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London is slowing as government works its way through Brexit negotiations

The market in London started to slow about three years ago, with property prices at the upper to high end of the capital particularly vulnerable ever since the now former chancellor George Osborne decided to reform stamp duty in December 2014, making the property acquisition tax more expensive for anyone acquiring property worth more than around £937,000.

Prices have dipped in and around central London by as much as 10% since their 2014 peak, and could fall further, with a recession induced by Brexit still possible.

The markets in well-heeled areas have been particularly affected by Brexit and high levels of tax, with prices slowing following a period of rapid growth, which largely explains why so many homes were withdrawn from the sales market in 2017.


“2017 saw the number of transactions in London fall, as Brexit caused buyers to prevaricate and hedge their bets,” said Paul Cosgrove, director at Finlay Brewer.

But Cosgrove believes that the softening of prices in the capital will encourage buyers across all segments in 2018 and give the market “a real boost”.

He added: “In most price brackets, values are back to where they finished the year in 2013, so factoring in the still highly attractive currency swap for dollar and euro denominations, we expect the number of transactions to steadily rise in 2018 as price falls continue to peter out.”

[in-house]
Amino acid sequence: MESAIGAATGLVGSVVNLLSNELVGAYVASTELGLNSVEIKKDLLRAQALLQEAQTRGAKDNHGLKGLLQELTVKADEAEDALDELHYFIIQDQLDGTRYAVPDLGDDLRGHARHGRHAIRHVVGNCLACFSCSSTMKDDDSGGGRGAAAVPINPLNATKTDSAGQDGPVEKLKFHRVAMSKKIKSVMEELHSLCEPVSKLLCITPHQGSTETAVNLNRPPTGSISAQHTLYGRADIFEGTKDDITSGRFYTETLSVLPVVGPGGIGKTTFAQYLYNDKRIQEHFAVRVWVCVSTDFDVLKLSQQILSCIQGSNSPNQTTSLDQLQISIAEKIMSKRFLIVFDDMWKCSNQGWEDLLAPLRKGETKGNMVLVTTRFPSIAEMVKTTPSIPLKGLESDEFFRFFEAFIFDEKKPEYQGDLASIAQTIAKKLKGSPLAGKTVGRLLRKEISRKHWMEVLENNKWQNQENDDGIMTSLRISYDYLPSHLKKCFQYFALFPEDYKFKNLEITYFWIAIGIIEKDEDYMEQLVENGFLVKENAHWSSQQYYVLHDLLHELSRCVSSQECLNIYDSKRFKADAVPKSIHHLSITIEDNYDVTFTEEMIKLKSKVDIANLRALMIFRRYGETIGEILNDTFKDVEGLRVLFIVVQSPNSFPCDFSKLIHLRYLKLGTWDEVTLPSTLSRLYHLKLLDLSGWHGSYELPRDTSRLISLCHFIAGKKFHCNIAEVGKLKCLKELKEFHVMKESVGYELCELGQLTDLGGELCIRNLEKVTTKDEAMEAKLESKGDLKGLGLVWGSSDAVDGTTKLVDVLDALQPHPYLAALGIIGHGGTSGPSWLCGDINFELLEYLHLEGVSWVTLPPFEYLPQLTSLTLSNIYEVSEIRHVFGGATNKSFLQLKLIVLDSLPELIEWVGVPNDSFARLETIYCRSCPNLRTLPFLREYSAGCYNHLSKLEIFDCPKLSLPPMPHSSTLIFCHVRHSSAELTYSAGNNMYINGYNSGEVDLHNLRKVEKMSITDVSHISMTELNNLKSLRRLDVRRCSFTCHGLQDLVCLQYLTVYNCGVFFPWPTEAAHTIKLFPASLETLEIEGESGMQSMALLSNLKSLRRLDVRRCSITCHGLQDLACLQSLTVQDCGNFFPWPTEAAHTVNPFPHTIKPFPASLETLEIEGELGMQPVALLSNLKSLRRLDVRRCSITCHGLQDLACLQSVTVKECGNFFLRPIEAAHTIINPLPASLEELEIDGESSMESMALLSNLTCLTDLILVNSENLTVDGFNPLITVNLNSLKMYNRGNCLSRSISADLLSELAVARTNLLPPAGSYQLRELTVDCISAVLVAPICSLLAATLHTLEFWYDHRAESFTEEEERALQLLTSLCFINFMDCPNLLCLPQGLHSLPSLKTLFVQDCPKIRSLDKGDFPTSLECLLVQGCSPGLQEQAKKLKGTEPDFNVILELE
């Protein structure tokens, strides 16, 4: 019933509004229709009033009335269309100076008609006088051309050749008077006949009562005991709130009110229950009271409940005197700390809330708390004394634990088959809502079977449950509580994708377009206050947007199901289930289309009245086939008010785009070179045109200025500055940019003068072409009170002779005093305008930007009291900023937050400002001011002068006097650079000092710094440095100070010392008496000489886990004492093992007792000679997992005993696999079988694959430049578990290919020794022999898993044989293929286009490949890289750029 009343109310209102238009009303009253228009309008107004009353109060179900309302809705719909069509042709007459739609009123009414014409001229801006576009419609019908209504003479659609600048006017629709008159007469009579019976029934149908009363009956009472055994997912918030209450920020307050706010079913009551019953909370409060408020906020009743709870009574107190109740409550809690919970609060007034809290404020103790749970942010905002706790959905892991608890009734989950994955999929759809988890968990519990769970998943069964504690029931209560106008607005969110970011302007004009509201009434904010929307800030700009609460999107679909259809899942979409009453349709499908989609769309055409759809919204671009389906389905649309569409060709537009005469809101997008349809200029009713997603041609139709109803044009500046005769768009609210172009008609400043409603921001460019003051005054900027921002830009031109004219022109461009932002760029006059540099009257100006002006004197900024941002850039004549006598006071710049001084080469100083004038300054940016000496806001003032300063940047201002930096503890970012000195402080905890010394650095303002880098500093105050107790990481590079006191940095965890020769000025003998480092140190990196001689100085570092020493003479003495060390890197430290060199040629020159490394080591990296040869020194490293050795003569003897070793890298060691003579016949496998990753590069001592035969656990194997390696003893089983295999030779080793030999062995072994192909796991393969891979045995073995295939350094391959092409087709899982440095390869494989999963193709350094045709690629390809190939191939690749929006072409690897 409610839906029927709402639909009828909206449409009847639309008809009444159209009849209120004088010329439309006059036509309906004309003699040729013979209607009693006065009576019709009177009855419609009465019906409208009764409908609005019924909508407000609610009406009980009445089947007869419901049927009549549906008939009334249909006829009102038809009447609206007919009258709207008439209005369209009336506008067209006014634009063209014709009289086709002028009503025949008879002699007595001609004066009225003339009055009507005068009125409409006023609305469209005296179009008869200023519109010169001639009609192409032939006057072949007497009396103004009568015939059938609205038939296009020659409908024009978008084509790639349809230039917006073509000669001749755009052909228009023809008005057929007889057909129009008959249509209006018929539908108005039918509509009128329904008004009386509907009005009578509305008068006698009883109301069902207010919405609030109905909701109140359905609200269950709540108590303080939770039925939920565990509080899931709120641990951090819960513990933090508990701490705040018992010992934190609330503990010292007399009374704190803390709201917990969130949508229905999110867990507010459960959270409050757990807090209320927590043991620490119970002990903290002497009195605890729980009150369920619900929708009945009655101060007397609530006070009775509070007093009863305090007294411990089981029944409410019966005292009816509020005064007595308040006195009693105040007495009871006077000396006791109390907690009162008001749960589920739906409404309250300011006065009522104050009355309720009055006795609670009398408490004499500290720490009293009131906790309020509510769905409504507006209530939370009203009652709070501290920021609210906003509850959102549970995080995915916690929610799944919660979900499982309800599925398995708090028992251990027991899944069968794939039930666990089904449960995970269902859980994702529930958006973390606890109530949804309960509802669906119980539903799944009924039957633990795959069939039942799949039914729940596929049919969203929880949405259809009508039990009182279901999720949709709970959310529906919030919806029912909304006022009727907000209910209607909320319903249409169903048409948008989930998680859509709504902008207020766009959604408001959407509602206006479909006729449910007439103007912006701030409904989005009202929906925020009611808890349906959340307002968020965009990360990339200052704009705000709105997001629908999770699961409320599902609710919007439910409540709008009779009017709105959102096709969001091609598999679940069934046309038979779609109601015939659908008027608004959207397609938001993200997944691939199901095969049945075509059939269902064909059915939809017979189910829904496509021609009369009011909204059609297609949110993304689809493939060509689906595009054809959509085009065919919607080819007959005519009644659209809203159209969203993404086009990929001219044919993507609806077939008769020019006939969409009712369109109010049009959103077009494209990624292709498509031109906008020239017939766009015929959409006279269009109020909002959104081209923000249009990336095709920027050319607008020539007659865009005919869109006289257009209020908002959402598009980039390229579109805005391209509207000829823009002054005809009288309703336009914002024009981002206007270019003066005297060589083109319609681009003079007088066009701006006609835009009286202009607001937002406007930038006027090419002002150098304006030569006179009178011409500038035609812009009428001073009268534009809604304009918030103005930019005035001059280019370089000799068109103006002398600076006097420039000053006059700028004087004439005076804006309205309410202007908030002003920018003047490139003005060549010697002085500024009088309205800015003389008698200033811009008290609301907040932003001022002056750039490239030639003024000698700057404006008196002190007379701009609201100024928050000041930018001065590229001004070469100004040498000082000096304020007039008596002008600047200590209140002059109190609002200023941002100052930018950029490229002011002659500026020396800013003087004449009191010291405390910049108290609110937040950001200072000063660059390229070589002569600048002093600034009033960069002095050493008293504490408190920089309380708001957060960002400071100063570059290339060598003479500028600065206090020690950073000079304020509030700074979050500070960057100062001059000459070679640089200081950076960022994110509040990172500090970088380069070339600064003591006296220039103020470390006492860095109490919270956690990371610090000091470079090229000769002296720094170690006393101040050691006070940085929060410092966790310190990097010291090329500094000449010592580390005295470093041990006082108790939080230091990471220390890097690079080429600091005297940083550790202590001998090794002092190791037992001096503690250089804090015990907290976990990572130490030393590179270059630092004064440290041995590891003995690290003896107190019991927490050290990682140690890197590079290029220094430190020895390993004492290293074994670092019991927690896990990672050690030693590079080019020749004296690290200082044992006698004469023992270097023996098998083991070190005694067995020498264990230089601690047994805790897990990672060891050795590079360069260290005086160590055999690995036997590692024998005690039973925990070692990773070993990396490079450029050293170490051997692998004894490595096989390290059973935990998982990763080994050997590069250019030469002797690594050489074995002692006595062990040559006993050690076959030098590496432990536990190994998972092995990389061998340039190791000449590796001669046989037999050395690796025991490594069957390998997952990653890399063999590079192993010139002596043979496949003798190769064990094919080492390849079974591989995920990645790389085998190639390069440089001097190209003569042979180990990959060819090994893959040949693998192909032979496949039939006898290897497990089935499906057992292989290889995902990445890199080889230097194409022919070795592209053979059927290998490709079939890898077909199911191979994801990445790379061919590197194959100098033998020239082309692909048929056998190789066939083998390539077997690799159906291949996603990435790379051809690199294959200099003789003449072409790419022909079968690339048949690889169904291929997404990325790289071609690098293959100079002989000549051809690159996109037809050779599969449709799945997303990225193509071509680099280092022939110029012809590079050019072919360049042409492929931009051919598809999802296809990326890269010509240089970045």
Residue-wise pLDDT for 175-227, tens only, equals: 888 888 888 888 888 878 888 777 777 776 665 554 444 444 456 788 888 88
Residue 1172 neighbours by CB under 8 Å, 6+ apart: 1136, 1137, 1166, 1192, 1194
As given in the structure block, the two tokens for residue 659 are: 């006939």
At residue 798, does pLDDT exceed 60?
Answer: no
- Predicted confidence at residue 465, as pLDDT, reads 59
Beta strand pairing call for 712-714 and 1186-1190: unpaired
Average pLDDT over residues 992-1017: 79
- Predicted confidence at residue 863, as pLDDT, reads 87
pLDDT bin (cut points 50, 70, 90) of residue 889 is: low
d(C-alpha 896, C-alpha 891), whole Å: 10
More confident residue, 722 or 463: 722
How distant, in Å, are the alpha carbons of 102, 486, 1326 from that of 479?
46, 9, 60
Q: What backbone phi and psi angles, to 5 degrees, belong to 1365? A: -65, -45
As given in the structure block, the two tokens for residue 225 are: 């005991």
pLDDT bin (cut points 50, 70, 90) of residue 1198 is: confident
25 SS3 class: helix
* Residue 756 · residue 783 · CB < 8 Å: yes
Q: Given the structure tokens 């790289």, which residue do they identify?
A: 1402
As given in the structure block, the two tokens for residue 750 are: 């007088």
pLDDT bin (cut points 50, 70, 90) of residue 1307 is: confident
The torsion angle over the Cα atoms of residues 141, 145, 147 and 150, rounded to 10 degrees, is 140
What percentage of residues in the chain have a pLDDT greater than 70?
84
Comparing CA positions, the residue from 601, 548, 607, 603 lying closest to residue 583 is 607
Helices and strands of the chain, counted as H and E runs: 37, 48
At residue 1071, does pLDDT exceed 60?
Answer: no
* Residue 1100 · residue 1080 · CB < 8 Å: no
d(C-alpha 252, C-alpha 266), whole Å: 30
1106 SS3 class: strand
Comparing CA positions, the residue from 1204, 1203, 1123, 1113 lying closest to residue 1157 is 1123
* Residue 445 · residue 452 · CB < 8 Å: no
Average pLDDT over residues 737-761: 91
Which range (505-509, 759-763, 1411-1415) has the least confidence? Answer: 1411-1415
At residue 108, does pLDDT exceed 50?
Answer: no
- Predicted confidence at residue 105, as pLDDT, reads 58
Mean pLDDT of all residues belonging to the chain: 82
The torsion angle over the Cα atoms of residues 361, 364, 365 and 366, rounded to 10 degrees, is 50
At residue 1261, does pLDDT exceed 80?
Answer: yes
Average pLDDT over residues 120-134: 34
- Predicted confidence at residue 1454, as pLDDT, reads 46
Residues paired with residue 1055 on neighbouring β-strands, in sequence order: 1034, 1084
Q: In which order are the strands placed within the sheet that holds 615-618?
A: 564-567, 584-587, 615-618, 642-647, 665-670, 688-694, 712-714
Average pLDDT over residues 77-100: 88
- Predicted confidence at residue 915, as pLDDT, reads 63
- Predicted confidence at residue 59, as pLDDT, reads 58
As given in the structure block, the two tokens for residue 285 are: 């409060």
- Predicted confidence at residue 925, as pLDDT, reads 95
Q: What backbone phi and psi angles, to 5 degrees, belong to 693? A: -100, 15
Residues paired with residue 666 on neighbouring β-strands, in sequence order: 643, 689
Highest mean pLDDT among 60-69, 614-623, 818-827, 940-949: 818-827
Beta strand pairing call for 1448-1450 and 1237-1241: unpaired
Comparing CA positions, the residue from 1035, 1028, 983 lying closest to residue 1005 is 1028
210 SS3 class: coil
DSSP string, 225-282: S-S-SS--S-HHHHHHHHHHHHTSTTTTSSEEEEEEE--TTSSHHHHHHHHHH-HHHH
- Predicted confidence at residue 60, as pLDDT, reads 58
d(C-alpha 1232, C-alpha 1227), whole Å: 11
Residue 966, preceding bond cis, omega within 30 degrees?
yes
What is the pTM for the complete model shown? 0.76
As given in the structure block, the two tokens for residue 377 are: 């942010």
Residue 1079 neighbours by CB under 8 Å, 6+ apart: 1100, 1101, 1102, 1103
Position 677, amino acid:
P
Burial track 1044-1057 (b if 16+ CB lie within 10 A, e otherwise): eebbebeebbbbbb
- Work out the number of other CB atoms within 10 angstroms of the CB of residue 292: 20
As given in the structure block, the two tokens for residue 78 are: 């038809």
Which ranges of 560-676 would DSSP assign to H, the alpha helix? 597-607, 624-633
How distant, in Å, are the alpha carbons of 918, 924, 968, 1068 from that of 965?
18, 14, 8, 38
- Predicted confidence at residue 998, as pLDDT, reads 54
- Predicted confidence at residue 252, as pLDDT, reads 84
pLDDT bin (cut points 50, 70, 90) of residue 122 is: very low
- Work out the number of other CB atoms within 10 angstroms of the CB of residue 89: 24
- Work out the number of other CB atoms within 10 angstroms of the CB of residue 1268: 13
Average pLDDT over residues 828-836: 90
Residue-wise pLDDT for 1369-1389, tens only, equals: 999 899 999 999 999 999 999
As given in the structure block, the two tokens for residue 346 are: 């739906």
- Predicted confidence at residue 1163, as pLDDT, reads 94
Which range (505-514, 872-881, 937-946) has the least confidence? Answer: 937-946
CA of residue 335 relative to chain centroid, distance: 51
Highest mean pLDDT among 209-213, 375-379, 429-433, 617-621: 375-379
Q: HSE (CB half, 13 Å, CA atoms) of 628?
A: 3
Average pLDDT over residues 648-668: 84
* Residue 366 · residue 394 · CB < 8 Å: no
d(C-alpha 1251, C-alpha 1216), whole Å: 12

Shereen Malik, senior sales negotiator at UK Sotheby’s International Realty, also anticipates that there will be a “slight uplift” in London’s housing market in 2018.

Although there have been several factors causing the uncertainty in the London property market, Malik reports that many buyers have started to adapt to the stamp duty levy on second homes and Brexit.

“These factors are now being accepted and those dedicated to purchasing a property in London will continue to do so,” he said.

However, north London estate agent, Jeremy Leaf, expects the market in the capital to remain sluggish.

He said: “Where prices have risen the furthest and fastest in the London property market, making it effectively overheated, we expect it to be relatively flat next year.”

Kames Capital’s David Wise expects to see a further correction in 2018.

“London is, as expected, showing signs of slowing down as the government works its way through the Brexit negotiations, and we believe the London market is at a late-cycle stage so we expect a correction/slowdown in the future, but not a crash.”

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